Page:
Broad gains for stocks push S&P 500, Nasdaq to record highs

Stocks closed broadly higher on Wall Street Thursday, marking more record highs for the S&P 500 and the Nasdaq. The Dow Jones Industrial Average also rose but landed just shy of the record high it set on Tuesday. Small-company stocks rose more than the rest of the market, a sign that investors are feeling more optimistic about the economy. Ford jumped 8.7% after reporting earnings that easily beat analysts’ forecasts and raising its outlook for the year. Heavy equipment maker Caterpillar rose 4.1% after turning in strong results. The yield on the 10-year Treasury rose to 1.57%.

THIS IS A BREAKING NEWS UPDATE. AP’s earlier story follows below.

Stocks rose broadly in afternoon trading on Wall Street Thursday and put major indexes on a path to push past record highs.

The S&P 500 rose 0.8% as of 3:29 p.m. Eastern. Nearly 80% of stocks in the benchmark index made gains and it is hovering above the record close it set on Tuesday. The index is also on pace for its fourth straight weekly gain.

The Dow Jones Industrial Average rose 139 points, or 0.4%, to 35,630. The tech-heavy Nasdaq rose 1.2% and was within striking distance of a new high.

Smaller stocks outpaced the broader market in a sign that investors are more confident about economic growth. The Russell 2000 rose 1.7%.

Technology stocks led the gains. KLA, which makes equipment for manufacturing semiconductors, rose 4.2% after beating Wall Street’s fiscal first-quarter profit forecasts. Apple, which reports its financial results later Thursday, rose 2.3%.

Bond yields edged higher. The yield on the 10-year Treasury rose to 1.56% from 1.53%. Banks, which rely on higher bond yields to charge more lucrative interest on loans, made solid gains. Bank of America rose 1.2%.

Investors are busy reviewing another big round of company earnings. Ford jumped 8.3% after reporting earnings that easily beat analysts’ forecasts and raising its full-year outlook. Heavy equipment maker Caterpillar also rose 3.4% after turning in strong results.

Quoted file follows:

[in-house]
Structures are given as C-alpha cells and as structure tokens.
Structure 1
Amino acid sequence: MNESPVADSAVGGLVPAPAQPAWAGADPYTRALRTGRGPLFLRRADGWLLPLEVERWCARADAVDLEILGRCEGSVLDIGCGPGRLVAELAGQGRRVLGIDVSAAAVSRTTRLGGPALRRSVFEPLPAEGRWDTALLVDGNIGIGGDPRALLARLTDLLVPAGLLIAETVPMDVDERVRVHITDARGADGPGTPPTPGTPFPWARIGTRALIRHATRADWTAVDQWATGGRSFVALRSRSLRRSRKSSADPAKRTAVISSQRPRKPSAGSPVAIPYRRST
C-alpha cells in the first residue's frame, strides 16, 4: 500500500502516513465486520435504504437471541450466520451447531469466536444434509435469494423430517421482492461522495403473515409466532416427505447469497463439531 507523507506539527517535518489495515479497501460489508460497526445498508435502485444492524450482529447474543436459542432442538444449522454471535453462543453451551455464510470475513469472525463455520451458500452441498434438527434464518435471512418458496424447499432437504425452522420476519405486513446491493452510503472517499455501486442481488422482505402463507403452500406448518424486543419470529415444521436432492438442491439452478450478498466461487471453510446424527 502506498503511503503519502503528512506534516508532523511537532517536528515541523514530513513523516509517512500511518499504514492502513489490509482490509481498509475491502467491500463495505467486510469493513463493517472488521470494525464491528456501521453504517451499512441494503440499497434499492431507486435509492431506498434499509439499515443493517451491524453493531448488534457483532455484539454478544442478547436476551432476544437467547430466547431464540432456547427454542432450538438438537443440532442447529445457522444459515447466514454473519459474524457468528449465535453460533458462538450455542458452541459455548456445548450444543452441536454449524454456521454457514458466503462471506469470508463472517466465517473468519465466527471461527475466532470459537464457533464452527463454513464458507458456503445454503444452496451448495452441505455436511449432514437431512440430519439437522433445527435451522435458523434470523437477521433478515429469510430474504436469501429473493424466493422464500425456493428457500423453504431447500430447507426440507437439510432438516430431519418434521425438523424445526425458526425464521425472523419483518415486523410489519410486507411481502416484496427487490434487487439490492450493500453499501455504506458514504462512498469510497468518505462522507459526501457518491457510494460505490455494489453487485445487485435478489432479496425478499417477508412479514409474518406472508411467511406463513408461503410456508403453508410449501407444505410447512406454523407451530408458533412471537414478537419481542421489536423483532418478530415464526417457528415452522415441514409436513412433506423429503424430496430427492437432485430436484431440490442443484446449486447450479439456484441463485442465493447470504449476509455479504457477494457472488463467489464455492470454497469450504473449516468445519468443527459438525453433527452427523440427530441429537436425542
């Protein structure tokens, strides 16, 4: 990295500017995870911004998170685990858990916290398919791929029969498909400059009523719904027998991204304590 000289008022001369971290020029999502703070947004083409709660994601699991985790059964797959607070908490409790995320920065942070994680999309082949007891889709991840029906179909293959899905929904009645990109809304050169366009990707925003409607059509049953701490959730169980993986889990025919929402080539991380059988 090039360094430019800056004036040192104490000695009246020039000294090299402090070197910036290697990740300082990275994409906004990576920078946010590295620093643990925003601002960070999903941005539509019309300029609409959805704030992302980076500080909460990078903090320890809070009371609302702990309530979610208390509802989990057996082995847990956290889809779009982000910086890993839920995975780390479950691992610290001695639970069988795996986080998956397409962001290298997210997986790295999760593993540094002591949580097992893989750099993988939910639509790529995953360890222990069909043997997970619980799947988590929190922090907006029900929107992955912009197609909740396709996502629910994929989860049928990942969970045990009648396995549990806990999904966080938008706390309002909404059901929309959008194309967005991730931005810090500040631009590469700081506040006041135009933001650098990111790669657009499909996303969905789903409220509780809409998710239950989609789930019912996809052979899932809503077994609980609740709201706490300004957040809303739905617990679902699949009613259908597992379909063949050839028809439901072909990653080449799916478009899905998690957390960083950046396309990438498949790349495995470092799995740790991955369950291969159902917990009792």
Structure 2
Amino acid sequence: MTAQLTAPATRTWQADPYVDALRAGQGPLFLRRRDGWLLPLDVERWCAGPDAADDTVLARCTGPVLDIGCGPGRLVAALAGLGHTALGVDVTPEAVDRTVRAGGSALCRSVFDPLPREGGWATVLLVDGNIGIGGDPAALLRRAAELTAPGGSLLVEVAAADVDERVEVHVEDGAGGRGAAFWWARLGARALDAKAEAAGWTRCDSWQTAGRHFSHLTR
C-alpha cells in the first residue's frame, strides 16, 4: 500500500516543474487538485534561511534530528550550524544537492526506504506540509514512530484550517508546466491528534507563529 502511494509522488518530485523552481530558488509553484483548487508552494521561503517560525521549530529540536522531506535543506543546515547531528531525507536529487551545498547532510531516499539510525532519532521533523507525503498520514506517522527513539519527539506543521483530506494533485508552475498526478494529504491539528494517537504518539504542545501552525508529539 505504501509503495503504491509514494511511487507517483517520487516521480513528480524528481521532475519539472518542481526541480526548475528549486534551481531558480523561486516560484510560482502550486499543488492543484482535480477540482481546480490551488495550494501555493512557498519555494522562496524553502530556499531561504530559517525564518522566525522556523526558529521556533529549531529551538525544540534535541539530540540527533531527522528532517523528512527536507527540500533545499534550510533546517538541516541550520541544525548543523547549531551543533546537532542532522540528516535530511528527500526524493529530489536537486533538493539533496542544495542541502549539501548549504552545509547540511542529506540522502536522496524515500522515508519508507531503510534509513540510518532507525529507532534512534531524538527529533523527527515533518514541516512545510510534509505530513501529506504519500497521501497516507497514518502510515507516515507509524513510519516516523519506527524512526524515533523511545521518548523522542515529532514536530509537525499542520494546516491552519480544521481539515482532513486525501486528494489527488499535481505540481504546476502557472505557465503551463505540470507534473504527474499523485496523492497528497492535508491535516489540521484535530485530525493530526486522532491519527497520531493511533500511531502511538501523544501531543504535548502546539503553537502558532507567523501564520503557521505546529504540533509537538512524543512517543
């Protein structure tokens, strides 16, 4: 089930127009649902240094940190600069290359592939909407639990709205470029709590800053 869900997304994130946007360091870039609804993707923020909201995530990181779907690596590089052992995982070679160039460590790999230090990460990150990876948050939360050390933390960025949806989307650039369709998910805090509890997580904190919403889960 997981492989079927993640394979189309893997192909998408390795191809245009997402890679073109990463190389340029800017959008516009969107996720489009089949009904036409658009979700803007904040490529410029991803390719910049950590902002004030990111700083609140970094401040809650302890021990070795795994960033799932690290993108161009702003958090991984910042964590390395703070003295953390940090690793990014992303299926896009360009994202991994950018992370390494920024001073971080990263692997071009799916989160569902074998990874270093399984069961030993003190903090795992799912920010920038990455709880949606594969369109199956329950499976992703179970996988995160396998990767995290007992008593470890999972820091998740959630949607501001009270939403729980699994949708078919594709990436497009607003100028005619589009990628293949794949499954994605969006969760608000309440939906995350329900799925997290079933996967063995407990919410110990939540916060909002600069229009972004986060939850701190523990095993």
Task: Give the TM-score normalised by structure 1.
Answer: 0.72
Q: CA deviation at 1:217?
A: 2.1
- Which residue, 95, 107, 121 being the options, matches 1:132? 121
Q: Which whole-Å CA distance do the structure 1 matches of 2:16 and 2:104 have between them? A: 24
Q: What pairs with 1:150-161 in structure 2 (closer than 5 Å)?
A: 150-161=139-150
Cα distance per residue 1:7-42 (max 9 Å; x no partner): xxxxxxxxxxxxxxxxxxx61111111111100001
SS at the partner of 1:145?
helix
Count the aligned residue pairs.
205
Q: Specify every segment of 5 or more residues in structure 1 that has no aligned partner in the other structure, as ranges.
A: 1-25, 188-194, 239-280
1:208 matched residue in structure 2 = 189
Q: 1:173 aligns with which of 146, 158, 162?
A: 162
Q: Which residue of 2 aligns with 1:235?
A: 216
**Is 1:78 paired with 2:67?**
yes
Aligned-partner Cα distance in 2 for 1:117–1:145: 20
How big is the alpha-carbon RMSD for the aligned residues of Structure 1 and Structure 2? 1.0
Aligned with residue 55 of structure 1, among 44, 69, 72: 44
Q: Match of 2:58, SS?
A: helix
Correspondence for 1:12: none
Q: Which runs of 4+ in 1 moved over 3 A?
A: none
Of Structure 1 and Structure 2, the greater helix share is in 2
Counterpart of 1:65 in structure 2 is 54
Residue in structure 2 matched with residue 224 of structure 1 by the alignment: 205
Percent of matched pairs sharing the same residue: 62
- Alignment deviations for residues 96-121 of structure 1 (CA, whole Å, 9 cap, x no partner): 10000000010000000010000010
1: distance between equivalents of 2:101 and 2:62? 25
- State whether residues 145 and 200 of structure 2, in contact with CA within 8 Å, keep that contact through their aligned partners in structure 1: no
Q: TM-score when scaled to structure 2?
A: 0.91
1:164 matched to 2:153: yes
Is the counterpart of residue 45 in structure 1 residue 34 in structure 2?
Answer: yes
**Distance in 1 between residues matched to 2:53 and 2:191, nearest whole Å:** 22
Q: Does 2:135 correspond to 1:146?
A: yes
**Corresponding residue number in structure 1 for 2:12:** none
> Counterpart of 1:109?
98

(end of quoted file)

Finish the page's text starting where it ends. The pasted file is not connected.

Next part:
Aside from Apple, Amazon and Starbucks will report their latest financial results later Thursday.

The broader market has been gaining ground as the latest batch of corporate report cards show that companies fared well in the most recent quarter, despite a surge in COVID-19 cases and inflation worries weighing on the economic recovery.

“Right now, the market is saying I think six months from now the economy will be good, but not great,” said George Ball, chairman of financial services firm Sanders Morris Harris.

Outside of earnings, investors got a mixed bag of economic updates.

Hampered by rising COVID-19 cases and persistent supply shortages, the U.S. economy slowed sharply to a 2% annual growth rate in the July-September period, according to the Commerce Department. That marks the weakest quarterly expansion since the recovery from the pandemic recession began last year.

The Labor Department released a more upbeat report on the nation’s unemployment situation. The number of Americans applying for unemployment benefits fell to a pandemic low last week, another sign that the job market and economy continue to recover from last year’s coronavirus recession.

“There’s a cocktail of economic news coming out that is strong and positive, but in some cases lackluster,” Ball said. “That combination, in total, is probably good for the staying power of the economy.”

Both the pace of economic growth and the state of the jobs market are on investors’ minds as they look ahead to the Federal Reserve’s meeting next week to see how it moves forward with plans to trim bond purchases and its position on interest rates. Slower economic growth and rising inflation have raised more concerns on Wall Street about the impact of the central bank easing support for the economy and markets.

Rising energy prices have also raised concerns about the cost for consumers as they pay more to fill gas tanks and heat homes. U.S. crude oil prices inched up 0.2% Thursday and have jumped more than 70% so far this year.